I try to find some redeeming value in all the horror movies I watch, so here’s what I’ll give you here: the fall scenery is spectacular and there are a couple of Jack o’ lanterns.
Of the numerous movies titled All Hallow’s Eve: October 30th, this is seriously the one to avoid at all costs. This is the kind of film that apparently only makes sense in the mind of the director (who plays the lead character here). At one point, he even has his character say something like, “In a horror movie, the less you know, the scarier it is.” Unfortunately, he goes on to prove that theory wrong, because you never know what the hell is going on in this movie, which isn’t even slightly scary.
We start with a 25-minute intro sequence. No joke. Set in October 1988, the year Michael Myers came home, the sequence, for no good reason at all, bombards us with title cards between scenes, letting us know they are happening at various times of the day and not in sequence. There’s absolutely no reason for this and it just confuses a situation we’re thrown into and can’t understand to begin with. Basically, this is what I got from it. There’s a pedophile trying to score a kiddie in a small town but having little luck. There are three kids who sacrifice a cat to summon the “the lady in white.” Just watch The Lady in White, because you never see her in this movie. There are also two women, sisters, casting spells in the woods. They are the daughters of the pedophile, so he kills them. One of the sisters also happens to be the mother of two of the boys sacrificing the cat…I think.
Nope. That’s not a young Sean Astin on the left.
Flash ahead 20 years. One of the brothers is a filmmaker (played by the director of this movie). He’s also schizophrenic, which you’ll know only if you read the film’s description (otherwise, he just seems like a controlling creative asshole). He drags his cast and crew out into the woods to make a horror movie. Without making the audience aware of it, the film begins delivering a combination of scenes that are a mix of the actual movie and the cast members filming scenes from the movie. There’s no way of telling them apart most of the time.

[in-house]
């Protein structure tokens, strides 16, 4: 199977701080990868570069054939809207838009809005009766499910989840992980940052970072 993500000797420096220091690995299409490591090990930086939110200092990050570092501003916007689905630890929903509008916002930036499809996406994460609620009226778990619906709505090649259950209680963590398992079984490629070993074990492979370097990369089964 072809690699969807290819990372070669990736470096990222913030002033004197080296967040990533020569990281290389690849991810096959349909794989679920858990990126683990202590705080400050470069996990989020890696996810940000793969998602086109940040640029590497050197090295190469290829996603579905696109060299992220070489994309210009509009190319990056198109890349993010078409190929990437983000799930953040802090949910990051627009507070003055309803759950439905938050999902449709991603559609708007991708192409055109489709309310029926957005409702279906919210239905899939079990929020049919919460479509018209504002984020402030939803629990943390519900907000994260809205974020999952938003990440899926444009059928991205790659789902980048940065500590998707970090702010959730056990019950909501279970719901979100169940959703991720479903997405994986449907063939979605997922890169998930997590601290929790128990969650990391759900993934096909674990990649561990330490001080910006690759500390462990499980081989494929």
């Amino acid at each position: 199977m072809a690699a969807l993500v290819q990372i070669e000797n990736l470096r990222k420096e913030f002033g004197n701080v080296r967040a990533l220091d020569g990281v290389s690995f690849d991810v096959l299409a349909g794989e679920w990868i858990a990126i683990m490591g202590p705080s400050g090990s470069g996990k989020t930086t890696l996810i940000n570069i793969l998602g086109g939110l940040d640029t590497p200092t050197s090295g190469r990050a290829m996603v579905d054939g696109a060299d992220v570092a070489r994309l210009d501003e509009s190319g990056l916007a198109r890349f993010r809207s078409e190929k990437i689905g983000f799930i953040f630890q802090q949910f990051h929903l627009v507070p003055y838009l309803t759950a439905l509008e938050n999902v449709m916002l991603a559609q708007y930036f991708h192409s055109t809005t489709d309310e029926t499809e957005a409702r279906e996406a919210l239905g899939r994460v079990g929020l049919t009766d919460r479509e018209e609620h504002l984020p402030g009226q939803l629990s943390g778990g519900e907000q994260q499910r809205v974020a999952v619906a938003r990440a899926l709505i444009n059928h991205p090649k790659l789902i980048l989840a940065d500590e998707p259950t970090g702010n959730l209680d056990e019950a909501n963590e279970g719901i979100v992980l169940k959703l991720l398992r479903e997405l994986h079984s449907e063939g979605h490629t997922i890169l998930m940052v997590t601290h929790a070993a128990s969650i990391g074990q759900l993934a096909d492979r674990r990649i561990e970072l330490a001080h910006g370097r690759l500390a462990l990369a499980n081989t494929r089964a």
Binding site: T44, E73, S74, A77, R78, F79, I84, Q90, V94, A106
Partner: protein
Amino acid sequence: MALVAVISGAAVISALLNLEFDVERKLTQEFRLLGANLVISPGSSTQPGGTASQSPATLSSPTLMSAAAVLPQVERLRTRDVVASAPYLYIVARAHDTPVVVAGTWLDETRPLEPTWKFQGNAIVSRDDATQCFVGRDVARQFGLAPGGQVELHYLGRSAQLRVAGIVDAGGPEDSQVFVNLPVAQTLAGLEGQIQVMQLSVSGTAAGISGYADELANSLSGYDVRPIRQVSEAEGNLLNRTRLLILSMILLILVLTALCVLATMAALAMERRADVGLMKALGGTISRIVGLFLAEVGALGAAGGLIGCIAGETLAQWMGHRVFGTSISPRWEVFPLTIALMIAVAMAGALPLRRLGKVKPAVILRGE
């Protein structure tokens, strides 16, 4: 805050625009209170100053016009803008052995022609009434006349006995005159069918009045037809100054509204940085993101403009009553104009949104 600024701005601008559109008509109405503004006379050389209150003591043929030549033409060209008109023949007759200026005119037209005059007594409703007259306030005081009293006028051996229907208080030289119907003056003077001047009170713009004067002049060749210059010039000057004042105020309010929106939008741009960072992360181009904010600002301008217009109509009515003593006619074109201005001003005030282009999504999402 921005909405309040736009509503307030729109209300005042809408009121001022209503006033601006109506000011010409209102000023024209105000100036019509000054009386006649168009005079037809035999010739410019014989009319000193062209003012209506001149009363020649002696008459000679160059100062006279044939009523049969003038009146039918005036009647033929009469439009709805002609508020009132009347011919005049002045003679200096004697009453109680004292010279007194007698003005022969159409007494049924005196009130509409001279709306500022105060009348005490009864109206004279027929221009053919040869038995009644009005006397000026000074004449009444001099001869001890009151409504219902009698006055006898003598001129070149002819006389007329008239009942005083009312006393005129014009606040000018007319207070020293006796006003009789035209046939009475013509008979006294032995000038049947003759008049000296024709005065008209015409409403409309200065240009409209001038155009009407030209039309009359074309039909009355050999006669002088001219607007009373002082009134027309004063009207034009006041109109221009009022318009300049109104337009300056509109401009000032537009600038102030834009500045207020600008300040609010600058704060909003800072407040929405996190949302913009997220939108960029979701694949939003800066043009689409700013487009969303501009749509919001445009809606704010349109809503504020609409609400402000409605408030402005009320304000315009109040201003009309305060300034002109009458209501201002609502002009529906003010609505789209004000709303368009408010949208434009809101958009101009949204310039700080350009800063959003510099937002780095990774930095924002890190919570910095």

I also believe there are two killers running around: one in the movie they’re making and an actual killer. I’m not sure which is which, though. There are a couple of death scenes, and I think some of them are real, because at times, there are two murders going on at once. Plus, most of the cast members go missing by the end of the film. Also, the pedophile from the beginning is now an old man who chases them off his land at one point. Which begs the question…isn’t he the grandfather of the filmmaker making the movie? And is he the one killing everyone when they’re not being killed for the movie the filmmaker is making? Did the filmmaker lead them up there to sacrifice to his grandfather? And why would his grandfather even have any interest, since they’re all over eighteen?
Don’t expect an answer to those questions or any other, because after endless scenes that serve no purpose in the long run (and long running time of an hour and 45 minutes), the filmmaker ends up alone with his leading lady. Her name is Tina, and I seriously think the filmmaker begins purposely mimicking Freddy Krueger’s voice every time he speaks her name. Anyway, he puts Tina through “exercises” in acting by tormenting her and speaking dialogue about filmmaking that seems to be the indecipherable philosophy of the actual film director playing the film’s filmmaker. It’s at this point that the film ends with one final nonsensical situation…and you just don’t care. You’re just glad it’s over.
Good news is, there’s a hottie who gets shirtless in a pool earlier on in the film.